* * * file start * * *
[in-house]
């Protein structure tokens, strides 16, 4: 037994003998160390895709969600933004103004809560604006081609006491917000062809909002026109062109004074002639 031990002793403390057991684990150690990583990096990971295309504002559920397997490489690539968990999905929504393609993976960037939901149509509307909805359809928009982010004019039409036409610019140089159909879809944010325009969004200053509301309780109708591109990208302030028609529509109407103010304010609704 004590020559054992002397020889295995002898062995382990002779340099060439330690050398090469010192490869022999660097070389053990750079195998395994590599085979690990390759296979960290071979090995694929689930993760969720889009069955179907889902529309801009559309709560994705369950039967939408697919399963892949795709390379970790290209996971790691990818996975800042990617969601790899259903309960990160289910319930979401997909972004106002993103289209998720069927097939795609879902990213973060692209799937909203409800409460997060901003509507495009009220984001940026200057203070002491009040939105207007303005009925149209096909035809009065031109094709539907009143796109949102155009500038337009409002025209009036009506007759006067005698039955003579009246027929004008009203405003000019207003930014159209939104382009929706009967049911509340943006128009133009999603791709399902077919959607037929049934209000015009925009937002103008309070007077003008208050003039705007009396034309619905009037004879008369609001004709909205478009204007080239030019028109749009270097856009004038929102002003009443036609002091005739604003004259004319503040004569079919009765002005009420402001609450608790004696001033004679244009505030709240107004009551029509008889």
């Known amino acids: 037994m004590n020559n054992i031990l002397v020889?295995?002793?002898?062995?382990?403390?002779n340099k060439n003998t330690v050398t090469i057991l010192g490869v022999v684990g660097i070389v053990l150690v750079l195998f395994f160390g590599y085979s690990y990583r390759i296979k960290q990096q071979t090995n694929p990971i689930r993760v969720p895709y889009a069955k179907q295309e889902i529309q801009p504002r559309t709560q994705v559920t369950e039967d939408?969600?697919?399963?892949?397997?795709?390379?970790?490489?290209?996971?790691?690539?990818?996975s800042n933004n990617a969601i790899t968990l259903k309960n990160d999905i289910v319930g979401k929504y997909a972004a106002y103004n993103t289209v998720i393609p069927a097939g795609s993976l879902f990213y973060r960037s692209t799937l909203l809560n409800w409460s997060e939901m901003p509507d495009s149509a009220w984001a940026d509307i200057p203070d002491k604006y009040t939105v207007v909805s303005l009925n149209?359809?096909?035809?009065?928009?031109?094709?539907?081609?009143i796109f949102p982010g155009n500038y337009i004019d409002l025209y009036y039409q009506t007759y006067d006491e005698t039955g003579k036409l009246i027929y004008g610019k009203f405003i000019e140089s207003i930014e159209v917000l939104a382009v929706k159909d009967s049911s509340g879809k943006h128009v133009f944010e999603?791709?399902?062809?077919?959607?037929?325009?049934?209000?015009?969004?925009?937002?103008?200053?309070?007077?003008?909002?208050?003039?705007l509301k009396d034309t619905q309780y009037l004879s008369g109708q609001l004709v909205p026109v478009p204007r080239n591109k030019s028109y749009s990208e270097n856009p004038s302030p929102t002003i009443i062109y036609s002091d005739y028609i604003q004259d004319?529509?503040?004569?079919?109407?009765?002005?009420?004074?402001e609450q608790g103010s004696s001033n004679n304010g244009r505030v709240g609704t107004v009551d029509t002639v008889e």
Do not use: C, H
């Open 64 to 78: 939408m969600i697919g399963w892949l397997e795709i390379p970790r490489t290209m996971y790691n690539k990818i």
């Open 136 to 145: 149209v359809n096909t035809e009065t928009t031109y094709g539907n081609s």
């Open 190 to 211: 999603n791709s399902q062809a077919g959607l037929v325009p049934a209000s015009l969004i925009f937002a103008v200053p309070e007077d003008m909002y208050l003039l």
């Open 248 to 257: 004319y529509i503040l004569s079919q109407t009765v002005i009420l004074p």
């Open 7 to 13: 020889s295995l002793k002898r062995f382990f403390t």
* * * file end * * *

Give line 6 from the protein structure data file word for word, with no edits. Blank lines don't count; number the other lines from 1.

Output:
């Open 136 to 145: 149209v359809n096909t035809e009065t928009t031109y094709g539907n081609s």